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The Beekeeper of Aleppo (Susan Elkin reviews)

Show: The Beekeeper of Aleppo

Society: Nottingham Playhouse (professional)

Venue: Nottingham Playhouse. Wellington Circus, Nottingham NG1 5AF

Credits: Adapted for the stage by Nesrin Alrefaai and Matthew Spangler. From the acclaimed novel by Christy Lefteri. Presented by Nottingham Playhouse in association with Liverpool Everyman and Playhouse and UK Productions Ltd.

The Beekeeper of Aleppo

4 stars

The cast of The Beekeeper of Aleppo (Photo: Manuel Harlan)

It’s every inch a story for our times. I thought that when I read Christy Lefteri’s bestselling novel in 2019 and this play, which is pretty faithful to the book, hammers that home with gentle, heart-wrenching power.

Nuri (Alfred Clay) and his wife  Afra (Roxy Faridany) have arrived, both acutely damaged mentally, in the south of England where they are lodged in a shared house  on the coast while they await the outcome of their asylum application. Gradually – mostly through Nury’s dramatic memories – we learn about the tragic loss of their young son in a bombing raid in their native Aleppo and the horrors of the journey and obstacles they faced in their attempts to get to the UK.

Bees are a metaphor for community life. Nuri and his cousin Mustafa (Joseph Long),who has arrived in Yorkshire, have kept bees in Syria. They want to do the same in Britain.

Clay is a fine actor. He gives us a man who is so deeply traumatised that he’s delusional – worried, loving, in denial and, often sardonically witty. Faridany, whose character has  lost her sight as part of post-traumatic stress disorder, brings plenty of anxiety, depression and, eventually warmth both in marriage and friendship.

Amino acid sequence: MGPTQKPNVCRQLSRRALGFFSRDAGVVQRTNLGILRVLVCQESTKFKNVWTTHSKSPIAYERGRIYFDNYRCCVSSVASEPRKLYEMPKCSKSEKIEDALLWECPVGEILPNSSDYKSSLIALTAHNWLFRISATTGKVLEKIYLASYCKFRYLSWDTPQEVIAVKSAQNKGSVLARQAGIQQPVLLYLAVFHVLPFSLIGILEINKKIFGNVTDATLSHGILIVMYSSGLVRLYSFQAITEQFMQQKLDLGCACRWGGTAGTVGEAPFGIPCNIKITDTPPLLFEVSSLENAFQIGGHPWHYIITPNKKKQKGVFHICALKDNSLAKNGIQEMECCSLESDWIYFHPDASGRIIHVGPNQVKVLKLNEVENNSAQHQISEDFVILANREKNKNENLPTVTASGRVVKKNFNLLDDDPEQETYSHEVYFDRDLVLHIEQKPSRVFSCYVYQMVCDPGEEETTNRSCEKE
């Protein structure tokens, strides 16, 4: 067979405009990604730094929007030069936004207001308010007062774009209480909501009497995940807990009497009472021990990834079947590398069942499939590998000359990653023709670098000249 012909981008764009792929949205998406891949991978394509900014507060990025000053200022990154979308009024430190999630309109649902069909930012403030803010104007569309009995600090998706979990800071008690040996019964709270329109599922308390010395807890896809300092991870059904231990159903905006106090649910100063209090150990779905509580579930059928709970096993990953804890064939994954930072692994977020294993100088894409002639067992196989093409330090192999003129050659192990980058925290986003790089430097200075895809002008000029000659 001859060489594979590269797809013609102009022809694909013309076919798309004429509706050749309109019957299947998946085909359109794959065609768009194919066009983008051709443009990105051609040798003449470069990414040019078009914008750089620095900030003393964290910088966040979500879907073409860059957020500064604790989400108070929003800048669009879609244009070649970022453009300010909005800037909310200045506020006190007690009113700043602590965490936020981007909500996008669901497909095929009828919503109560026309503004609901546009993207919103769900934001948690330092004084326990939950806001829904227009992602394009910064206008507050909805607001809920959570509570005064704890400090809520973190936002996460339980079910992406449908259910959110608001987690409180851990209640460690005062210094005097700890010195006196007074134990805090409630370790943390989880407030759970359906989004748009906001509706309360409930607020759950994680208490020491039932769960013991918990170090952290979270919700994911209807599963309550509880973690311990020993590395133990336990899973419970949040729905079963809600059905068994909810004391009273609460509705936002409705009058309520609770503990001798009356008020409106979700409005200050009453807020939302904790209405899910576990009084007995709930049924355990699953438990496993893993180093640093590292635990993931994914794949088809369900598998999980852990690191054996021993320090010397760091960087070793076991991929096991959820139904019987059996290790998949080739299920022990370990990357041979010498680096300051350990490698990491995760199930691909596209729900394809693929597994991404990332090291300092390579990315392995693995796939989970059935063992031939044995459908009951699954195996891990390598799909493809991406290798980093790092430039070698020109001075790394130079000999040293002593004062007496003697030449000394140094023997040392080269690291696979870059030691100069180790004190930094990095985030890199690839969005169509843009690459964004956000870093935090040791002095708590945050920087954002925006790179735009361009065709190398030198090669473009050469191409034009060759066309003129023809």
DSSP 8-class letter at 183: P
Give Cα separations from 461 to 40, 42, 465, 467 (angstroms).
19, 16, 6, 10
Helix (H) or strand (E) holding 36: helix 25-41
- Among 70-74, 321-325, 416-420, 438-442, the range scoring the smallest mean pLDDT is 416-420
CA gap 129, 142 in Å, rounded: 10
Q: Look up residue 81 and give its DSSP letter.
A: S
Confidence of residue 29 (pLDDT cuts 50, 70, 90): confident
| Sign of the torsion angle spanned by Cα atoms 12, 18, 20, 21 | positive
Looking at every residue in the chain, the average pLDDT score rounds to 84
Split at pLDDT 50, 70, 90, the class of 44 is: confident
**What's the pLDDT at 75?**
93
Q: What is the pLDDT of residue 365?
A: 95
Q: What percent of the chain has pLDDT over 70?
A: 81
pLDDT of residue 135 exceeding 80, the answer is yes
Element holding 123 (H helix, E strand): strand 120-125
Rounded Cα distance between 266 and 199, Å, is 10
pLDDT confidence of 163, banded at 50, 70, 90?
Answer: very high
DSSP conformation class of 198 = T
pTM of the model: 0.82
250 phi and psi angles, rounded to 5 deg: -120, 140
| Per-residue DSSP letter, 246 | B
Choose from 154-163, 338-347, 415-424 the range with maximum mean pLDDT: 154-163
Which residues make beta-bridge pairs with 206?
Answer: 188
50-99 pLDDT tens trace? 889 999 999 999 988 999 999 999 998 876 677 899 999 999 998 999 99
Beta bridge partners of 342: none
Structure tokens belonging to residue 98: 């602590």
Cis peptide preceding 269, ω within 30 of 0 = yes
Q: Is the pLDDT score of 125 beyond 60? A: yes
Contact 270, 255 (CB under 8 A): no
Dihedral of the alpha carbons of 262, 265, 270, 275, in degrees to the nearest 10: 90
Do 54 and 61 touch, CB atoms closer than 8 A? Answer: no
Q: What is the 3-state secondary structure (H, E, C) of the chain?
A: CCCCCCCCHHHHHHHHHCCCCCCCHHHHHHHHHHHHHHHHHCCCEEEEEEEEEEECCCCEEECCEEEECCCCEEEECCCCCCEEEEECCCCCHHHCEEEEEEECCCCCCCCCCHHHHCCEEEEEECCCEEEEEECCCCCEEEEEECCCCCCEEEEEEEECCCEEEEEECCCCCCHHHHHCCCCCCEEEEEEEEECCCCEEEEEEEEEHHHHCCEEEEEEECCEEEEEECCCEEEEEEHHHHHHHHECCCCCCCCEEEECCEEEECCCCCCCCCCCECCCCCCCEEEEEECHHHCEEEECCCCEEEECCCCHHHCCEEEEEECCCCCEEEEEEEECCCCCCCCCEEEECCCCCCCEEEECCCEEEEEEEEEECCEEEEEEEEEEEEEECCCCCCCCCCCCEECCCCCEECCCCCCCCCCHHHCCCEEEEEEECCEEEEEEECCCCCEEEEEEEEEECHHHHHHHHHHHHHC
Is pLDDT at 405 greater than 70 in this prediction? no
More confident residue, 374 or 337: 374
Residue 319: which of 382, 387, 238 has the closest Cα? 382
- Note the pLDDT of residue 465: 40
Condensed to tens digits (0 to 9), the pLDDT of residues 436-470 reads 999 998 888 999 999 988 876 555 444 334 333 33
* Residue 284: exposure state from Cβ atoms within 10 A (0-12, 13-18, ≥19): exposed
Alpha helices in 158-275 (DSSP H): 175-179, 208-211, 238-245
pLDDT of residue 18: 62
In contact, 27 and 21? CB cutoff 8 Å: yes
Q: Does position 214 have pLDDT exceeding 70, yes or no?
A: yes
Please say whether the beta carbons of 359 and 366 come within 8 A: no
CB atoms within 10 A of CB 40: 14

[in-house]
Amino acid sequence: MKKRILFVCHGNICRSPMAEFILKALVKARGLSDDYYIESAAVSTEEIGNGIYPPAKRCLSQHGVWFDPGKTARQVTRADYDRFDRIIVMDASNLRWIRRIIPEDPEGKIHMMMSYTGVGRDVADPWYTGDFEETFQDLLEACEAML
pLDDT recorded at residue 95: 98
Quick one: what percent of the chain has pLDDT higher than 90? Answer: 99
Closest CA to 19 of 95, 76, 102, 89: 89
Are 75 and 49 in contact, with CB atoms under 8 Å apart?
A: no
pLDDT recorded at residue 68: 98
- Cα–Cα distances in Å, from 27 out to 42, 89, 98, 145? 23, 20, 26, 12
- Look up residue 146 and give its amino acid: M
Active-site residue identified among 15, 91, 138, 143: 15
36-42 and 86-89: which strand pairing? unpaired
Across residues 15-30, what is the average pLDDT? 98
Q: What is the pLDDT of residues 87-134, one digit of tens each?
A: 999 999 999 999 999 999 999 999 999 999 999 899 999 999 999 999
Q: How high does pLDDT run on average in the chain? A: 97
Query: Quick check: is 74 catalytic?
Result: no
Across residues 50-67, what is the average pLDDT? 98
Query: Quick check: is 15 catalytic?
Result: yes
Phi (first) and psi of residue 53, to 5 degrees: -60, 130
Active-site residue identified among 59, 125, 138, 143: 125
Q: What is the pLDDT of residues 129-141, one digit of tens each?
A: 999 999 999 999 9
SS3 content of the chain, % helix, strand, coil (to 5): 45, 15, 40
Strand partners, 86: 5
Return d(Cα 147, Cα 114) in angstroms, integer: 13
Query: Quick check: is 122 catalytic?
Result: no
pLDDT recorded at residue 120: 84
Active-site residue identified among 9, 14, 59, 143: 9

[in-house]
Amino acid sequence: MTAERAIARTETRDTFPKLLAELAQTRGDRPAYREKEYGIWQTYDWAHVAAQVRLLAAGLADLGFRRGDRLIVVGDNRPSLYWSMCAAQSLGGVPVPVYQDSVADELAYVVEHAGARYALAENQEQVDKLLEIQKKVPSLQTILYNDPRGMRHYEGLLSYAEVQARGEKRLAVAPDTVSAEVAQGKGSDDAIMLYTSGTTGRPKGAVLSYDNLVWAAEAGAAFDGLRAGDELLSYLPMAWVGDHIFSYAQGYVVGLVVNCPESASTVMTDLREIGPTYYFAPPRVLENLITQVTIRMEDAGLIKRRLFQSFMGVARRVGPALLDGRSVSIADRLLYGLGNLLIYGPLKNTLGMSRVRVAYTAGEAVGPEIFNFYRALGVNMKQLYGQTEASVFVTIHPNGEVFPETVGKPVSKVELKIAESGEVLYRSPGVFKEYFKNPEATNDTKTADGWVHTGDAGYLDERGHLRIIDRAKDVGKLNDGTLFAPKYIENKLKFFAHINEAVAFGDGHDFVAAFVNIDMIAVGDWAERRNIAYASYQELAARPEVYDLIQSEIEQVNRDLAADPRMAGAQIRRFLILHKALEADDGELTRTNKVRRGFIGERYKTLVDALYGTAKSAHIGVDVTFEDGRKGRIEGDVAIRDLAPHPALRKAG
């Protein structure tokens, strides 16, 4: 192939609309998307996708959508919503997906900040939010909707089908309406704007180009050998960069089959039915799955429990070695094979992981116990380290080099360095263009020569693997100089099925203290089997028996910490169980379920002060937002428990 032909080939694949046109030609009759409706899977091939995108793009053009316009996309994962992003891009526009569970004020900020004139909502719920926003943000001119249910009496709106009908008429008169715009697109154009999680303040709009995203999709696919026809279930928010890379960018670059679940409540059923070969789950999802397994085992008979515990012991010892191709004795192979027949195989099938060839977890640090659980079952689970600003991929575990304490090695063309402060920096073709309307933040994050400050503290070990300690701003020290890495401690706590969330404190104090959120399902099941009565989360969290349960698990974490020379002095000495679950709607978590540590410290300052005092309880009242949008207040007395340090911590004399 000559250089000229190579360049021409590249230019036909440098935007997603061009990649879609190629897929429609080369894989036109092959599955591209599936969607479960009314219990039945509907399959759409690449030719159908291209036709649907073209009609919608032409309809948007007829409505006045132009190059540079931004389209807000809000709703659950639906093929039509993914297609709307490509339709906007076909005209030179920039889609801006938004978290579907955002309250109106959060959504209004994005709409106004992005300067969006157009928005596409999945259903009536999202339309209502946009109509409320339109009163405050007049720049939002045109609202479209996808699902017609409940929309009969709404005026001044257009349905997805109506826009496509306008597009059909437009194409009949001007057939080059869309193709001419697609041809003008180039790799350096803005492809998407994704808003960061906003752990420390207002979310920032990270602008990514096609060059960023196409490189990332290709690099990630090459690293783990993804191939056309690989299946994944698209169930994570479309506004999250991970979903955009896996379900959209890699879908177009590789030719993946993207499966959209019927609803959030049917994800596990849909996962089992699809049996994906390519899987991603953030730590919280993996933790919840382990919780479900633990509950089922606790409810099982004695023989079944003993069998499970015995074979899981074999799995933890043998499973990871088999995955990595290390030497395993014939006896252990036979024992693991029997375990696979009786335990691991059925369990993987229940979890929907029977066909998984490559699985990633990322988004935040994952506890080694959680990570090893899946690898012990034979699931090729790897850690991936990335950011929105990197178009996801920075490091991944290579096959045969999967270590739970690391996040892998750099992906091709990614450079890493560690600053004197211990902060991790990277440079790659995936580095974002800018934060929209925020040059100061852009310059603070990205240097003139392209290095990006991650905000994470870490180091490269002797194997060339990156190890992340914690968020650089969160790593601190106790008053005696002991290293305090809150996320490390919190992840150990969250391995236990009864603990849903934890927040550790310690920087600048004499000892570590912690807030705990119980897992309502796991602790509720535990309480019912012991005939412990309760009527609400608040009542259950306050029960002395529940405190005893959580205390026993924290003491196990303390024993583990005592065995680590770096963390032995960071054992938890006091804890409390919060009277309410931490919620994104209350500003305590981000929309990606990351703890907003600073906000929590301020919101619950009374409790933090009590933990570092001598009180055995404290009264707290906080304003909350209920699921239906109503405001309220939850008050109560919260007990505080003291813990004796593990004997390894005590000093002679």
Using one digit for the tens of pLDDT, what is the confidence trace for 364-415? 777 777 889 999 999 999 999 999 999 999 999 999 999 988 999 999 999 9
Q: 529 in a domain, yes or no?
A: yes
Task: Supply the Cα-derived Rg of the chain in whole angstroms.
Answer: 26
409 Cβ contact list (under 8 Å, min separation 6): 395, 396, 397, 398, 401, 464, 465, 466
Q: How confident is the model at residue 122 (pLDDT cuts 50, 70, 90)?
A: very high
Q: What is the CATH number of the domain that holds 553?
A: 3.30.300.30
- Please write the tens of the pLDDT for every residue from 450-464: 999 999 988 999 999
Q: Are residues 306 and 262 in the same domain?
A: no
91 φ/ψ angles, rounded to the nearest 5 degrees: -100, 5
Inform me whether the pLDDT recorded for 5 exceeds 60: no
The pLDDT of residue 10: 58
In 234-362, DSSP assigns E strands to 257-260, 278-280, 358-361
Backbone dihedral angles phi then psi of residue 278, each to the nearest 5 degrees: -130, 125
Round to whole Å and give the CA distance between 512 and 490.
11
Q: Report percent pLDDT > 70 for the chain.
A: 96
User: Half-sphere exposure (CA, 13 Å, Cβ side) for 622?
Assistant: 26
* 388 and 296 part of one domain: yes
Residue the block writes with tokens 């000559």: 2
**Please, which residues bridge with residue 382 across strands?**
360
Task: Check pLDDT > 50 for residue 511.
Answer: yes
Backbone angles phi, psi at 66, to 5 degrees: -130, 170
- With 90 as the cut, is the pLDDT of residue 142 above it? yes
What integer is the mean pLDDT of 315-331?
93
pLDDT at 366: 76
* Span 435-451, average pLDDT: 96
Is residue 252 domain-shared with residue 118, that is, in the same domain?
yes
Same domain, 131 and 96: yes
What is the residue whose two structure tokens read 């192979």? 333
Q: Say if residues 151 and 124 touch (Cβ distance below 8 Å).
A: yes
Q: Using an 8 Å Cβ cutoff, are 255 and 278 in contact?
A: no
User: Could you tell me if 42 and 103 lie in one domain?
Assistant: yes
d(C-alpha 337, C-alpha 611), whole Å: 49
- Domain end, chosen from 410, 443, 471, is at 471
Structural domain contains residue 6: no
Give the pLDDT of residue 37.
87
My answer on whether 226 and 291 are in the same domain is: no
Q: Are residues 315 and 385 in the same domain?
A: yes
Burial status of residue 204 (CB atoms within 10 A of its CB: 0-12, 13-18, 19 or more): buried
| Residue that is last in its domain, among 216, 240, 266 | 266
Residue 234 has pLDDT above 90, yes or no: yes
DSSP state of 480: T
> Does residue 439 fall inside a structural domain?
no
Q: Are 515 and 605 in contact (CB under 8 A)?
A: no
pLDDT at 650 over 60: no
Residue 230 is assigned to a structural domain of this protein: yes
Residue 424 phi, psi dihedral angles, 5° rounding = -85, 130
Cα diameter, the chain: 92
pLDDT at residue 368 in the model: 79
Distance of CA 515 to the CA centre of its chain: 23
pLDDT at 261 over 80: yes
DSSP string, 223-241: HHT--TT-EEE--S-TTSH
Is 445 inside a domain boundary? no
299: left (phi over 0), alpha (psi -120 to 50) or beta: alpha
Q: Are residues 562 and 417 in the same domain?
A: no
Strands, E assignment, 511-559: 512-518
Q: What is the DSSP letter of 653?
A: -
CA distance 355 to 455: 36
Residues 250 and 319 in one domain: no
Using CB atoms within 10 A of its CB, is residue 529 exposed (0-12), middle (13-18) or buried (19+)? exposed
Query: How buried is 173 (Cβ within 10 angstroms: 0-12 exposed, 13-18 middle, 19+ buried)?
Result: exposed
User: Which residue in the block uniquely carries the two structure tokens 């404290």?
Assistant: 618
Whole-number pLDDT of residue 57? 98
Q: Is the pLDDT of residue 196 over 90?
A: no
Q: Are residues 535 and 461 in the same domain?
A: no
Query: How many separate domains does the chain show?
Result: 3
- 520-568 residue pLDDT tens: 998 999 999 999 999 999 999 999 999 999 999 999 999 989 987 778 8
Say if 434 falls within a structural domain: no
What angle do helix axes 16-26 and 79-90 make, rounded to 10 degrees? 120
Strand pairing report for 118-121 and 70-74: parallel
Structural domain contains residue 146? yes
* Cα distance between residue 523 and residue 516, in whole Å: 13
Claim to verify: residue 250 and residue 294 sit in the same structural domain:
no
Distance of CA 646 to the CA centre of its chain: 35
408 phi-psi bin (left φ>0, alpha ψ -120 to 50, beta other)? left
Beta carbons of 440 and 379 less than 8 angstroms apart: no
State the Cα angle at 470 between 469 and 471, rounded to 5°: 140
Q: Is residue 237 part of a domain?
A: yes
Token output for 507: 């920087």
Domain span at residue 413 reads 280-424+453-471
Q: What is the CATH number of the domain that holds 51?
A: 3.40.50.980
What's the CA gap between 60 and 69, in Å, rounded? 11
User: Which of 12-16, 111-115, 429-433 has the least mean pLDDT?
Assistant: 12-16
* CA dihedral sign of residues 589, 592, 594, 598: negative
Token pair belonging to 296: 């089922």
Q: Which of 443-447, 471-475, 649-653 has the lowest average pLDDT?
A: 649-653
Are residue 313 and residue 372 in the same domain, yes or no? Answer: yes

The cast is gloriously diverse and bring plenty of experience of real life immigration stories to their roles. They are also all strong and work seamlessly together with a lot of multi role-ing. Long, for example, is powerful as the stalwart Mustafa and ruefully funny as a house mate in the south coast refugee house. And there’s lovely work from Nadia Williams as a Brummie official, a bossy nurse and a mystic African woman who befriends Afra in Athens, among other roles.

Ruby Pugh’s imaginative set gives us sand dunes with a bed, a chair and a trap door which connotes every possible place that Yuri and Afra find themselves in. But the real star of this show is Ravi Deprees’s film design which projects onto perforated gauzey screens at the back giving us bees in a hive. At other times he uses moving film to evoke very effectively a small boat in a storm, a ride in the back of a lorry with a cow and much more.

I watched this two hour play (plus 20-minute interval)  for the first three quarters of it, deeming  this §§ a perfectly decent 3-star show. Then the last fifteen minutes moved this hard-bitten critic to tears so she decided it had earned a fourth star.


First published by Sardines:


Author information
Susan Elkin Susan Elkin is an education journalist, author and former secondary teacher of English. She was Education and Training Editor at The Stage from 2005 - 2016
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